5. Moon Base
Moon Base pits two rival corporations in control of the moon via the art of overlapping ring placement. Moon Base is a game of serene beauty as you place your stellar halos in the craters of the moon before stacking them over each other to create functional buildings. Each round you will place four rings, but you won’t only be placing your colour. You’ll have to try and place your opponent’s rings in awkward places all while trying to get yours on top. Moon Base is a game with a huge amount of counter-play, with every placement opening up new opportunities to exploit.
The latest card game from the creator of Magic: The Gathering, Keyforge takes the conventions of traditional trading card games and turns them on their heads. You can’t build decks and you can’t hunt for rare cards. You simply buy a sealed, algorithmically-generated deck, learn how to play Keyforge and play with your unique set of cards.
Each deck comes with a algorithmically-generated card list from three of the various factions, meaning every player in the world has a different combination of cards you will literally never see the same deck twice. Even without the ability to customise your deck, Keyforge's gameplay has a ton of strategy in it, from knowing when to fight and when to use your creatures to reap for the precious Æmber which you need to win. Each deck will play differently so every time you open a new one you have to adapt how you play.
Klask is the lovechild of air hockey and table football and is just as easy to pick up and play. Each player has a single piece which they control via a magnet underneath the board. Your goal is simply to get the ball into your opponent’s goal to score points. This is made more complex by the three magnetic penalty pieces which will cost you a point should you gather two. Not to mention the ever-present risk of falling into your own goal. Bridging the gap between board games and sport, Klask even has its own World Championships!
8. Star Wars: X-Wing Miniatures Game
Star Wars has featured some of the most epic space battles in cinematic history. The X-Wing Miniatures Game puts you straight into the famous cockpits of X-Wings and TIE Fighters. While the game has impressive depth and a sizeable competitive scene, the base gameplay isn’t too complex. Most importantly, it really captures the feel of a dogfight. Using the curved movement templates you are constantly trying to outmanoeuvre your opponent, get on their six and dodge asteroids along the way. You even have to worry about G-forces as certain actions can stress your pilots, limiting their ability to fly.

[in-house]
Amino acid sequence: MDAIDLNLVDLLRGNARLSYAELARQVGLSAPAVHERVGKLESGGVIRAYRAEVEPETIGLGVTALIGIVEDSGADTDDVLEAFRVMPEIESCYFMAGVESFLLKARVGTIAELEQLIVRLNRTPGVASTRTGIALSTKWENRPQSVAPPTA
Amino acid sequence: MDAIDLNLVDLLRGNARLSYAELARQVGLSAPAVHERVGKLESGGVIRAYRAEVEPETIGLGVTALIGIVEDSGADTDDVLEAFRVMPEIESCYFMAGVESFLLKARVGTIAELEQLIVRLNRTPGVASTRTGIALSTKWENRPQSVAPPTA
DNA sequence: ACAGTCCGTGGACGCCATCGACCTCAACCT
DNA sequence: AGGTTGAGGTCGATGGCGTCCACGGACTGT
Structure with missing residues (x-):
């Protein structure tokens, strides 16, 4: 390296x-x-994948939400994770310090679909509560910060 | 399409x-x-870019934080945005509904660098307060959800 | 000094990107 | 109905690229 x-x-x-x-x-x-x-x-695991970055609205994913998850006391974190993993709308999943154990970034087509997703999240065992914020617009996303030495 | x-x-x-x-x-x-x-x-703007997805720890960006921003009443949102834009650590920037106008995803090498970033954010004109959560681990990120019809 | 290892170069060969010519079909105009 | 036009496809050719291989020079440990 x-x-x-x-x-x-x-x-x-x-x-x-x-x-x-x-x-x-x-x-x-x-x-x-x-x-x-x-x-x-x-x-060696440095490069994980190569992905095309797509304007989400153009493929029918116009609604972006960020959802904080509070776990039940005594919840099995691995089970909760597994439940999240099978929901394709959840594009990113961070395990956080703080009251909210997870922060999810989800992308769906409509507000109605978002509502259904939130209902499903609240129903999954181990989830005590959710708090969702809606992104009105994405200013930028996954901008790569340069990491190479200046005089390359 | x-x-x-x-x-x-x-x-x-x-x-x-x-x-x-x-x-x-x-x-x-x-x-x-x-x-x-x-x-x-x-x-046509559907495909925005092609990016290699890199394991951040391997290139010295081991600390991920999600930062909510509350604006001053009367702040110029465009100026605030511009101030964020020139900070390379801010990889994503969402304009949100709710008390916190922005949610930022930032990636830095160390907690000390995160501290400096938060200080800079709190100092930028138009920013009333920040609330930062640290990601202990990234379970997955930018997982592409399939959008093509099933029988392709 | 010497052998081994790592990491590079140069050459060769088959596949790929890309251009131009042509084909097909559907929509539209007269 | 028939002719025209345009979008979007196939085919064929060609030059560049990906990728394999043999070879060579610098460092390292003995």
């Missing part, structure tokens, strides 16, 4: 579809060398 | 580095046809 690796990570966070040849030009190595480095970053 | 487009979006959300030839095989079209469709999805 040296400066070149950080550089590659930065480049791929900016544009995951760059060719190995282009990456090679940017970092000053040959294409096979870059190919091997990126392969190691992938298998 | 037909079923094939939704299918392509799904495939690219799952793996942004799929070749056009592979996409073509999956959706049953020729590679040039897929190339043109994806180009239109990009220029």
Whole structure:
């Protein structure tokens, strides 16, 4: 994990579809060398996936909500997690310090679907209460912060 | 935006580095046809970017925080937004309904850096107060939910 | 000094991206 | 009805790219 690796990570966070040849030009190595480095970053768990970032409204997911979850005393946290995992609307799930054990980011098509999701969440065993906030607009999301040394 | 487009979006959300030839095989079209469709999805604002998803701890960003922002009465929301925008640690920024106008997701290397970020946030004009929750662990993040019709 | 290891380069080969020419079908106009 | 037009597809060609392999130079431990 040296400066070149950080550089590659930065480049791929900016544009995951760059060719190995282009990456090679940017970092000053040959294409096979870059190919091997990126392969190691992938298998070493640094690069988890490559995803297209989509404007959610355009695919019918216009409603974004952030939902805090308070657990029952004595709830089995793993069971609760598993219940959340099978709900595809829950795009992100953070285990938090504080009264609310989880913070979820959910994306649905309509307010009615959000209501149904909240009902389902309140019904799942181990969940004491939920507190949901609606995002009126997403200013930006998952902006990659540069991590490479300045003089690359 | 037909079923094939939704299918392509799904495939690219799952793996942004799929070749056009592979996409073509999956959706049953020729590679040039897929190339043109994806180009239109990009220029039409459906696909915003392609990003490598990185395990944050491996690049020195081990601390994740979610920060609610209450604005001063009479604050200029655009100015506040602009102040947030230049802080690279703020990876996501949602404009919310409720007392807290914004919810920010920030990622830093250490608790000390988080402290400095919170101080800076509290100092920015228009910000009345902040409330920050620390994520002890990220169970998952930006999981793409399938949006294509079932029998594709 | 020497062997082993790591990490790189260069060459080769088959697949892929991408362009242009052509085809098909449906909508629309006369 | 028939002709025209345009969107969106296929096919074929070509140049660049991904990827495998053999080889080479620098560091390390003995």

Sometimes wild animals don’t know what’s in their best interest. That’s the moral of the story of Raptor, where a group of scientists have located the last living velociraptor and her five children. The endangered animals are certain to die out in the wild, so the scientists want to sedate and capture the young creatures to repopulate the species. The raptor player wants to protect their babies and eat people. Players will play action cards to achieve their goals. Each card has a unique special action, or can produce action points to be used for moving and sedating/mauling. Which you get depends on the card your opponent uses, so predicting your opponent’s actions is vital.
10. Skulk Hollow
This asymmetric combat game - one of Alex Meehan's favourite games of 2019 - will immediately resonate with anyone who has seen anime series Attack on Titan. One player controls a band of humanoid fox warriors who defend their lands from the other player: a hulking behemoth of stone and fury that comes in one of four different forms. How can the tiny foxes hope to win? By clambering onto the monster and attacking its weak points, slowly wearing it down and cutting of its abilities. But it’s not just a simple case of killing the monster, each creature has a secondary objective for victory should the foxes fail to adequately defend their lands.